If you are worried about being able to pay your credit cards over the next couple of months due to being impacted by the coronavirus, there is some GOOD news for you.
Almost all of the major banks are providing relief to individuals that have been impacted by the coronavirus.
All you have to do is ask.
The banks are handling these requests differently so the policies will differ based on which banks you have credit cards with.
But generally, you can expect something along the lines of:
- No minimum payment due
- Late fees waived
Most banks do seem to be imposing interest on deferred payments but not all of them will. So it is possible that you can get a complete deferment on your credit card payments and not even have to pay interest on it.
The amount of time that your payment can be deferred will just depend on the bank — some banks are doing a month to month deferment while others are going about it in two or three month increments.
Some banks will allow you to continue to use your card while others will prohibit you from using cards from their bank while your account is “under protection.”
You can typically get a deferment on your payments by calling up the number on the back of your credit card and explaining to an agent that you have been impacted by coronavirus or sending in a message or chat to your bank.
Many banks are overwhelmed with phone calls right now so calling is not recommended.
Another way to do this is to log-in and see if the bank has any type of special button or portal to go through to activate coronavirus protection.
These are currently being rolled out at a different banks since this is pretty new but in some cases you can instantly activate coronavirus protection for all of your credit card accounts in one swoop.
In many cases the deferment will be instant but in others it could take a few days to process so you want to try to initiate this process at least a few days or a week before your payment is due to ensure that you will get the deferment.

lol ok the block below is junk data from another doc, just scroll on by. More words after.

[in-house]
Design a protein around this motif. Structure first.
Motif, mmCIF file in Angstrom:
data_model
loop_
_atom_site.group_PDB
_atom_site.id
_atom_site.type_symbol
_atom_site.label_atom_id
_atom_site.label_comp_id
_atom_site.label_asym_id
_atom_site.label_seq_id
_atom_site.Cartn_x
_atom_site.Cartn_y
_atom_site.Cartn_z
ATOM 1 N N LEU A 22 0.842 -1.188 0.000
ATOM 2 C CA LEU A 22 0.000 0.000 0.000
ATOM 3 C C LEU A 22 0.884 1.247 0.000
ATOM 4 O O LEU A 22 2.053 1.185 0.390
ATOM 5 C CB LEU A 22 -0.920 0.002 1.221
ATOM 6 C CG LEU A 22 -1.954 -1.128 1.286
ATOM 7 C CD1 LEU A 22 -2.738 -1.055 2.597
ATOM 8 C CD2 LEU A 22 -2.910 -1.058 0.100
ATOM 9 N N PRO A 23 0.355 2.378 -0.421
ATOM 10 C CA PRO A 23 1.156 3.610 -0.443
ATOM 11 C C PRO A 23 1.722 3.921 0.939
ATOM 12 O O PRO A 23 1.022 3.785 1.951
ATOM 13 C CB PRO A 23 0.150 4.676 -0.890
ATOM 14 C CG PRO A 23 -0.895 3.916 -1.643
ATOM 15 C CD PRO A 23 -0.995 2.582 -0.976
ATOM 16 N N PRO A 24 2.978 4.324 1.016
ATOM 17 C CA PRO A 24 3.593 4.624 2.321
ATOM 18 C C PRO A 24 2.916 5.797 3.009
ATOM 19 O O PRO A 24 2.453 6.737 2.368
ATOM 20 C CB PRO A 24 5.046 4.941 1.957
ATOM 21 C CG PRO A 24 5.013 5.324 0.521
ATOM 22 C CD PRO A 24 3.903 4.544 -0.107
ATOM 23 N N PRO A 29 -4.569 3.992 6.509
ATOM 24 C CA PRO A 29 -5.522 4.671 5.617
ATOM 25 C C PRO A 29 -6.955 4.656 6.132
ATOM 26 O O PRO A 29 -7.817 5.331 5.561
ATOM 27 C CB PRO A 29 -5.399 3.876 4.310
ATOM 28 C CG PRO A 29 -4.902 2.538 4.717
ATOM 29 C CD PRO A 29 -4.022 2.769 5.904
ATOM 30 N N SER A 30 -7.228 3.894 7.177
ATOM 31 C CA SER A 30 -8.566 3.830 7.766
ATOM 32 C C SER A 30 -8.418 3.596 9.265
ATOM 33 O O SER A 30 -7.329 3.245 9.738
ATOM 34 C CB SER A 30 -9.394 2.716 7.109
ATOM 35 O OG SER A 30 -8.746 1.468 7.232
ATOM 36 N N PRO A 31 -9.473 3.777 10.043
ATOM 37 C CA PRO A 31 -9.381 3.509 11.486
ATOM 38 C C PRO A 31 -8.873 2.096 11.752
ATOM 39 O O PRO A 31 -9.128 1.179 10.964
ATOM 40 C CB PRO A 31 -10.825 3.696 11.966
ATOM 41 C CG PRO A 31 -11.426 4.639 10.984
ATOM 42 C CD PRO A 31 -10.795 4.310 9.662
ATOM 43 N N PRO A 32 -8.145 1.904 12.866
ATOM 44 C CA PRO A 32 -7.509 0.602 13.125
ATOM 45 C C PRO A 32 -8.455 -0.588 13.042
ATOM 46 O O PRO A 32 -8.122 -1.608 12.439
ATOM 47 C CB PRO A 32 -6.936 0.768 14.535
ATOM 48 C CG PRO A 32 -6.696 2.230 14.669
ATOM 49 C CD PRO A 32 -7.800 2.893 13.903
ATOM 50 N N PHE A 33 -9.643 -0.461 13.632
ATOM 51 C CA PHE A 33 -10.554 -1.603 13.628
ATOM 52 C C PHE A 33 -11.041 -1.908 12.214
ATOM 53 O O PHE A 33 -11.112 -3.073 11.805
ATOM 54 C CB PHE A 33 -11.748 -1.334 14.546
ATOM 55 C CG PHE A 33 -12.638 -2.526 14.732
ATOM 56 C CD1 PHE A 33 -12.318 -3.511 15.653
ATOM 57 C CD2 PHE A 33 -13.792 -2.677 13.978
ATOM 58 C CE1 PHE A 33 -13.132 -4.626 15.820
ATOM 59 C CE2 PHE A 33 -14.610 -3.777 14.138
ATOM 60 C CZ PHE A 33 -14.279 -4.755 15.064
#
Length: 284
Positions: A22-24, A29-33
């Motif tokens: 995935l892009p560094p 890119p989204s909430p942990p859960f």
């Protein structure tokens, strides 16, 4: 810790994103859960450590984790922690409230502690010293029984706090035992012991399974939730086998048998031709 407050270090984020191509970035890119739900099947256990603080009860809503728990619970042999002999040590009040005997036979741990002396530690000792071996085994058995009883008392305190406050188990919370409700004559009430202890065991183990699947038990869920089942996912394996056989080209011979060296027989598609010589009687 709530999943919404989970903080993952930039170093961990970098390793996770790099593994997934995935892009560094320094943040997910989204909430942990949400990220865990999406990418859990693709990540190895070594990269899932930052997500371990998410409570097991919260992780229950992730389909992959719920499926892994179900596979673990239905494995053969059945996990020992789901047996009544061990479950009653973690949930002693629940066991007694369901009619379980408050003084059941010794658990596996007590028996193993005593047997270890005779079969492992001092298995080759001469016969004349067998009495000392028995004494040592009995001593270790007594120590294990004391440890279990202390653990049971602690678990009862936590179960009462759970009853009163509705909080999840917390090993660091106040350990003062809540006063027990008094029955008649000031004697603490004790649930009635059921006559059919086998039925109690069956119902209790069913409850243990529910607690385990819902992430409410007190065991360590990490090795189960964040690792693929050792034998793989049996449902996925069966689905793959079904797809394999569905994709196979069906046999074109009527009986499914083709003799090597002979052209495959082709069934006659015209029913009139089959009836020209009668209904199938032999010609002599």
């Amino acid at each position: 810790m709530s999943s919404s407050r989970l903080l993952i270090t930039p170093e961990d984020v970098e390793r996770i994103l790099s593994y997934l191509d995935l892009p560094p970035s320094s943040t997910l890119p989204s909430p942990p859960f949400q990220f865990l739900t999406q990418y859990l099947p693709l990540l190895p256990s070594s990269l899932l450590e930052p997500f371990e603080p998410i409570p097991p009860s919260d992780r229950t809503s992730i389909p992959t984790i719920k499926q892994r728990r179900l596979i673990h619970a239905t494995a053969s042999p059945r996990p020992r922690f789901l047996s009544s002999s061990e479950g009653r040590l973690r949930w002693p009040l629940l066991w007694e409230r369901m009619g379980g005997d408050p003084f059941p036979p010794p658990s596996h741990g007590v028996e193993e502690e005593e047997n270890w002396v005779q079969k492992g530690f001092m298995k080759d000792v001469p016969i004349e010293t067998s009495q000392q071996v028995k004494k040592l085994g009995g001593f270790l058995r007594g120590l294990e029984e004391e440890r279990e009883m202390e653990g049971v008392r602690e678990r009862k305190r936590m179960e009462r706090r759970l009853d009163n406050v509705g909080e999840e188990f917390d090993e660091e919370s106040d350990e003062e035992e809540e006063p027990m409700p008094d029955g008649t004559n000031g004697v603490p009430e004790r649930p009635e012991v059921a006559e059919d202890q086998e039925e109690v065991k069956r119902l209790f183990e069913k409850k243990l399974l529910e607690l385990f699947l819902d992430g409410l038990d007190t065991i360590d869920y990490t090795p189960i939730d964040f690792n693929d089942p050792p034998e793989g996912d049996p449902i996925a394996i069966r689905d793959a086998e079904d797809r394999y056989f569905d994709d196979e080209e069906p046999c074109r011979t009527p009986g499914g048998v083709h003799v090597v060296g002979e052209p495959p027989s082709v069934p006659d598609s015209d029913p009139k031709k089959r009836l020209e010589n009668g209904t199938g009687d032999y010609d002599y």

I believe that if you have auto payment set up on your account, you will have to disable it; otherwise, your deferred payment will actually be paid from that account.
If your payment has been deferred, this should not be reflected on your credit report as far as I know, though you might want to verify this with your issuing bank.
It’s possible that deferred payments could last longer than the initial period given by the bank so be sure to follow up with them as your situation changes.
I don’t think everybody will be approved for a deferment. For example, if you were already very late on your payments, it’s possible that they will not approve you for a deferment.
I don’t know all of the banks participating in programs like this but I am pretty sure you can get deferments with the following banks like: Chase, American Express, Citibank, Capital One, Discover, etc.
In addition to credit cards, you can also get payments for things like insurance and mortgage is deferred so be sure to inquire with your banks if you are in need of those deferments.
Daniel Gillaspia is the Founder of UponArriving.com and creator of the credit card app, WalletFlo. He is a former attorney turned full-time travel expert covering destinations along with TSA, airline, and hotel policies. Since 2014, his content has been featured in major publications such as National Geographic, Smithsonian Magazine, Forbes, CNBC, US News, and Business Insider. Find his full bio here.